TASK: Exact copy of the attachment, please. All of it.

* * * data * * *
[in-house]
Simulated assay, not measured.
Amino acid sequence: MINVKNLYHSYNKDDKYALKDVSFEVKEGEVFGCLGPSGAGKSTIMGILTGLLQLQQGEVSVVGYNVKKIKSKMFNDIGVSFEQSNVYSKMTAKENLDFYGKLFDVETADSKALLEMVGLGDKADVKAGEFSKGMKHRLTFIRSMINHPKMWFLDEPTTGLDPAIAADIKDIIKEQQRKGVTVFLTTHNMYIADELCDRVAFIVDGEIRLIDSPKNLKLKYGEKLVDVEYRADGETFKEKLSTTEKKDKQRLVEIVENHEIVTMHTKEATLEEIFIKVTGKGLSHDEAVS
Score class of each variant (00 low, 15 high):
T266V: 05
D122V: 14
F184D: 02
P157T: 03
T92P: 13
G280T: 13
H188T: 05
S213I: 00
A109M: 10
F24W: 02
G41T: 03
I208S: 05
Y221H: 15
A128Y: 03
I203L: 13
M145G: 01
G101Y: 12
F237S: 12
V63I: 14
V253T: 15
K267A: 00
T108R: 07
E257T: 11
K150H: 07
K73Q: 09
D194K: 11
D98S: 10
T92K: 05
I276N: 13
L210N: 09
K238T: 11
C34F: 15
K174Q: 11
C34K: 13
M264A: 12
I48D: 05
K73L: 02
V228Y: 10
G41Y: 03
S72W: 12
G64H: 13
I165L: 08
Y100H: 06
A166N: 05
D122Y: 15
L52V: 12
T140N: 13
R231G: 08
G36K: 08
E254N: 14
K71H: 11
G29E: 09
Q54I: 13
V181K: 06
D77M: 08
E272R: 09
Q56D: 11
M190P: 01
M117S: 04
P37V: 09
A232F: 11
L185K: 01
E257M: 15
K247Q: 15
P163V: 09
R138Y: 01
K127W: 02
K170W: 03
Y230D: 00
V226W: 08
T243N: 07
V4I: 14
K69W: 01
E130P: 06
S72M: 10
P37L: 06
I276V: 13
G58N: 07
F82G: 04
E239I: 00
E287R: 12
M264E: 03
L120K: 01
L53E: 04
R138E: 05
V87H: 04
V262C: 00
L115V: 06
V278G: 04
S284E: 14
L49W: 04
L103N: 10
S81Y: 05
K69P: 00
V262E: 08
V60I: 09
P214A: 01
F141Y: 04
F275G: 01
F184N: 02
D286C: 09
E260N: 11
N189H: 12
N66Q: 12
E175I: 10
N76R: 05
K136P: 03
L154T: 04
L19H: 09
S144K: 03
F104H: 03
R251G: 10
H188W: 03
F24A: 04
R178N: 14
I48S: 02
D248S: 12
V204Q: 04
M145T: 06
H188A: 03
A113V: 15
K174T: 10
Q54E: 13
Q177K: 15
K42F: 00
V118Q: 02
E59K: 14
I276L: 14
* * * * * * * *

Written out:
[in-house]
Simulated assay, not measured.
Amino acid sequence: MINVKNLYHSYNKDDKYALKDVSFEVKEGEVFGCLGPSGAGKSTIMGILTGLLQLQQGEVSVVGYNVKKIKSKMFNDIGVSFEQSNVYSKMTAKENLDFYGKLFDVETADSKALLEMVGLGDKADVKAGEFSKGMKHRLTFIRSMINHPKMWFLDEPTTGLDPAIAADIKDIIKEQQRKGVTVFLTTHNMYIADELCDRVAFIVDGEIRLIDSPKNLKLKYGEKLVDVEYRADGETFKEKLSTTEKKDKQRLVEIVENHEIVTMHTKEATLEEIFIKVTGKGLSHDEAVS
Score class of each variant (00 low, 15 high):
T266V: 05
D122V: 14
F184D: 02
P157T: 03
T92P: 13
G280T: 13
H188T: 05
S213I: 00
A109M: 10
F24W: 02
G41T: 03
I208S: 05
Y221H: 15
A128Y: 03
I203L: 13
M145G: 01
G101Y: 12
F237S: 12
V63I: 14
V253T: 15
K267A: 00
T108R: 07
E257T: 11
K150H: 07
K73Q: 09
D194K: 11
D98S: 10
T92K: 05
I276N: 13
L210N: 09
K238T: 11
C34F: 15
K174Q: 11
C34K: 13
M264A: 12
I48D: 05
K73L: 02
V228Y: 10
G41Y: 03
S72W: 12
G64H: 13
I165L: 08
Y100H: 06
A166N: 05
D122Y: 15
L52V: 12
T140N: 13
R231G: 08
G36K: 08
E254N: 14
K71H: 11
G29E: 09
Q54I: 13
V181K: 06
D77M: 08
E272R: 09
Q56D: 11
M190P: 01
M117S: 04
P37V: 09
A232F: 11
L185K: 01
E257M: 15
K247Q: 15
P163V: 09
R138Y: 01
K127W: 02
K170W: 03
Y230D: 00
V226W: 08
T243N: 07
V4I: 14
K69W: 01
E130P: 06
S72M: 10
P37L: 06
I276V: 13
G58N: 07
F82G: 04
E239I: 00
E287R: 12
M264E: 03
L120K: 01
L53E: 04
R138E: 05
V87H: 04
V262C: 00
L115V: 06
V278G: 04
S284E: 14
L49W: 04
L103N: 10
S81Y: 05
K69P: 00
V262E: 08
V60I: 09
P214A: 01
F141Y: 04
F275G: 01
F184N: 02
D286C: 09
E260N: 11
N189H: 12
N66Q: 12
E175I: 10
N76R: 05
K136P: 03
L154T: 04
L19H: 09
S144K: 03
F104H: 03
R251G: 10
H188W: 03
F24A: 04
R178N: 14
I48S: 02
D248S: 12
V204Q: 04
M145T: 06
H188A: 03
A113V: 15
K174T: 10
Q54E: 13
Q177K: 15
K42F: 00
V118Q: 02
E59K: 14
I276L: 14